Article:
Assuntos
Líquido Cefalorraquidiano/citologia , Armadilhas Extracelulares/microbiologia , Evasão da Resposta Imune , Meningite Pneumocócica/imunologia , Neutrófilos/imunologia , Streptococcus pneumoniae/imunologia , Adolescente , Adulto , Idoso , Animais , Grupo Borrelia Burgdorferi/imunologia , Encéfalo/citologia , Encéfalo/efeitos dos fármacos , Encéfalo/imunologia , Encéfalo/microbiologia , Líquido Cefalorraquidiano/imunologia , Líquido Cefalorraquidiano/microbiologia , Desoxirribonuclease I/administração & dosagem , Modelos Animais de Doenças , Armadilhas Extracelulares/efeitos dos fármacos , Armadilhas Extracelulares/imunologia , Feminino , Humanos , Neuroborreliose de Lyme/líquido cefalorraquidiano , Neuroborreliose de Lyme/imunologia , Neuroborreliose de Lyme/microbiologia , Masculino , Meningite Pneumocócica/líquido cefalorraquidiano , Meningite Pneumocócica/tratamento farmacológico , Meningite Pneumocócica/microbiologia , Meningite Viral/líquido cefalorraquidiano , Meningite Viral/imunologia , Pessoa de Meia-Idade , Neutrófilos/microbiologia , Ratos , Ratos Sprague-Dawley , Proteínas Recombinantes/administração & dosagem , Punção Espinal , Streptococcus pneumoniae/isolamento & purificação , Hemorragia Subaracnóidea/líquido cefalorraquidiano , Adulto Jovem
20.
Vet Parasitol ; 268: 73-80, 2019 Apr.
Artigo em Inglês | MEDLINE | ID: mdl-30981309

RESUMO

The infection of ruminants by Fasciola spp. always induces a non-protective Th2-type immune response. However, little is known about changes in the local and systemic immune environment during F. gigantica migration in buffalo. In this study, native swamp buffaloes were each infected with 500 viable F. gigantica metacercariae. Mesenteric lymph node (MLN), hepatic lymph node (HLN), spleen, and serum samples were collected from control and infected buffaloes at 3, 10, 28, 42, 70, and 98 days post-infection (DPI). The mRNA expression levels of the Th1- and Th2-related cytokines IL-2, IL-4, IL-5, IL-6, IL-10, IL-12p40, IFN-γ, TNF-α, and CD4 were measured during different infection stages in the MLNs, spleens, and HLNs using quantitative real-time PCR (qRT-PCR). Levels of the specific anti-ESP isotype antibodies IgG, IgG1, and IgG2 were used to reflect changes in humoral immunity. The results of this study indicated that swamp buffaloes were susceptible to F. gigantica infection, and that susceptibility to this infection was closely related to the cytokine environment associated with the Th2-type immune response. The MLNs showed a mixed Th1- and Th2-type immune response during the acute infection stages, after which the production of these cytokines returned to normal. Cytokine expression in the HLNs also expressed a mixed Th1- and Th2-type immune response during the early infection stages. When the infection became chronic, the typical Th2 immune response was induced in the HLNs. At the acute infection stages, the spleen exhibited a Th2 immune response. Nevertheless, cytokines associated with the Th1 and Th2 immune responses were upregulated at 98 DPI. In addition, the total IgG and IgG1 of the parasite-specific antibodies increased. This suggested that the Th2-related cytokines and IgG1 induced by F. gigantica infection might mediate successful F. gigantica infection in the natural host, swamp buffalo.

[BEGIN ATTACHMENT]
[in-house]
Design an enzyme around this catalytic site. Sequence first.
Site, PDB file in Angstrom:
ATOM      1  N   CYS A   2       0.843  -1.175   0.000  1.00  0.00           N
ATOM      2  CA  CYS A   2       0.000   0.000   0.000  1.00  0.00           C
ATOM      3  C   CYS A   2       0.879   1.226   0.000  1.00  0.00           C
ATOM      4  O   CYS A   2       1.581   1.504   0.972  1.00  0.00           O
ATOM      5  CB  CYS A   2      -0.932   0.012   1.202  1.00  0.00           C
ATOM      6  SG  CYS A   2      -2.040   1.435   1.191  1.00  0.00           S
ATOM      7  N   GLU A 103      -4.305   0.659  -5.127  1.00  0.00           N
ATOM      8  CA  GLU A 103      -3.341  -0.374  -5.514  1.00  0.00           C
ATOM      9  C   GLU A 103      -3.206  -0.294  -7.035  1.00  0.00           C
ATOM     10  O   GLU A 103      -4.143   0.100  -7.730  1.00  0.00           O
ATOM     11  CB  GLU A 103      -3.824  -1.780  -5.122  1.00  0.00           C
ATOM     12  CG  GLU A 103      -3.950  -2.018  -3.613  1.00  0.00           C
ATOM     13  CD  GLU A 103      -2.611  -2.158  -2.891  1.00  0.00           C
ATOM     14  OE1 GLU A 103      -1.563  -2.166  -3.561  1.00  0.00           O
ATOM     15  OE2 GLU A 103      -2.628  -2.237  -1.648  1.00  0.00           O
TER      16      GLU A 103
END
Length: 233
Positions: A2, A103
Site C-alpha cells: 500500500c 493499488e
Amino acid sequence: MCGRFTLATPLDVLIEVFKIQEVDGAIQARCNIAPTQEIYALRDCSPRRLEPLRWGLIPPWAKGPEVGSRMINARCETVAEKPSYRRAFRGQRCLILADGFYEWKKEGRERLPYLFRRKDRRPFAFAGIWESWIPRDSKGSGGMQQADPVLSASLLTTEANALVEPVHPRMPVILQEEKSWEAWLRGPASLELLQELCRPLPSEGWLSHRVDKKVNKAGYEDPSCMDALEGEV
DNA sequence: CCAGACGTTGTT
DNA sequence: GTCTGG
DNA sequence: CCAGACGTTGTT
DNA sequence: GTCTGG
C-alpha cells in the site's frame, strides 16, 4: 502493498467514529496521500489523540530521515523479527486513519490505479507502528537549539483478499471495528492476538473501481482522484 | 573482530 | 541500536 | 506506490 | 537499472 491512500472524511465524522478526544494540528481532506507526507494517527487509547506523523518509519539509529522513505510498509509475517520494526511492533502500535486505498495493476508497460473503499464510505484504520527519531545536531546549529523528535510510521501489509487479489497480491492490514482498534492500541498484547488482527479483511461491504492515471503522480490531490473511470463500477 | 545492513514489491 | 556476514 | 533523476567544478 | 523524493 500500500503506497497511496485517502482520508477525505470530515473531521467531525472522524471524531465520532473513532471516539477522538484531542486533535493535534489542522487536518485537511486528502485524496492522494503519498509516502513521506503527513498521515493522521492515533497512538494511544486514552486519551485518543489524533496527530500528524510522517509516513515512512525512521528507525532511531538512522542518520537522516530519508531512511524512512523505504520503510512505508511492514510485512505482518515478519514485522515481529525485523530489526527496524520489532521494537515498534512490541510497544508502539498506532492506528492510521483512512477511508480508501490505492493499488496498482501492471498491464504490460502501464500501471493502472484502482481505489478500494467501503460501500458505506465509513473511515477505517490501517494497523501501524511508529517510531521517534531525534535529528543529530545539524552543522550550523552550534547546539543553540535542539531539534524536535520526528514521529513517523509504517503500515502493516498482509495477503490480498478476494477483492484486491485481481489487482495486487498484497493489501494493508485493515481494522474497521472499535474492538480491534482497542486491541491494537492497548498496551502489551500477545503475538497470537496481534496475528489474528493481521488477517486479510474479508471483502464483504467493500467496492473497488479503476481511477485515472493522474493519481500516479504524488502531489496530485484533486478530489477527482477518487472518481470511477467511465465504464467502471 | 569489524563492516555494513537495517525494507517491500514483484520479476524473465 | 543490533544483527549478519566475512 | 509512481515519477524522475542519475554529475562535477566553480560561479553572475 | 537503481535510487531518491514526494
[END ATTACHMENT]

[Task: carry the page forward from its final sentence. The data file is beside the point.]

Assuntos
Búfalos/imunologia , Doenças dos Bovinos/imunologia , Citocinas/imunologia , Fasciolíase/veterinária , Evasão da Resposta Imune , Células Th2/imunologia , Animais , Anticorpos Anti-Helmínticos/imunologia , Búfalos/parasitologia , Bovinos , Doenças dos Bovinos/parasitologia , Citocinas/genética , Fasciola , Fasciolíase/imunologia , Imunidade Humoral , Imunoglobulina G/imunologia , Interleucina-10/genética , Interleucina-10/imunologia , Interleucina-4/genética , Interleucina-4/imunologia , Interleucina-5/genética , Interleucina-5/imunologia , Linfonodos/imunologia , Linfonodos/parasitologia , Metacercárias/imunologia , Reação em Cadeia da Polimerase em Tempo Real , Baço/imunologia , Baço/parasitologia , Células Th1/imunologia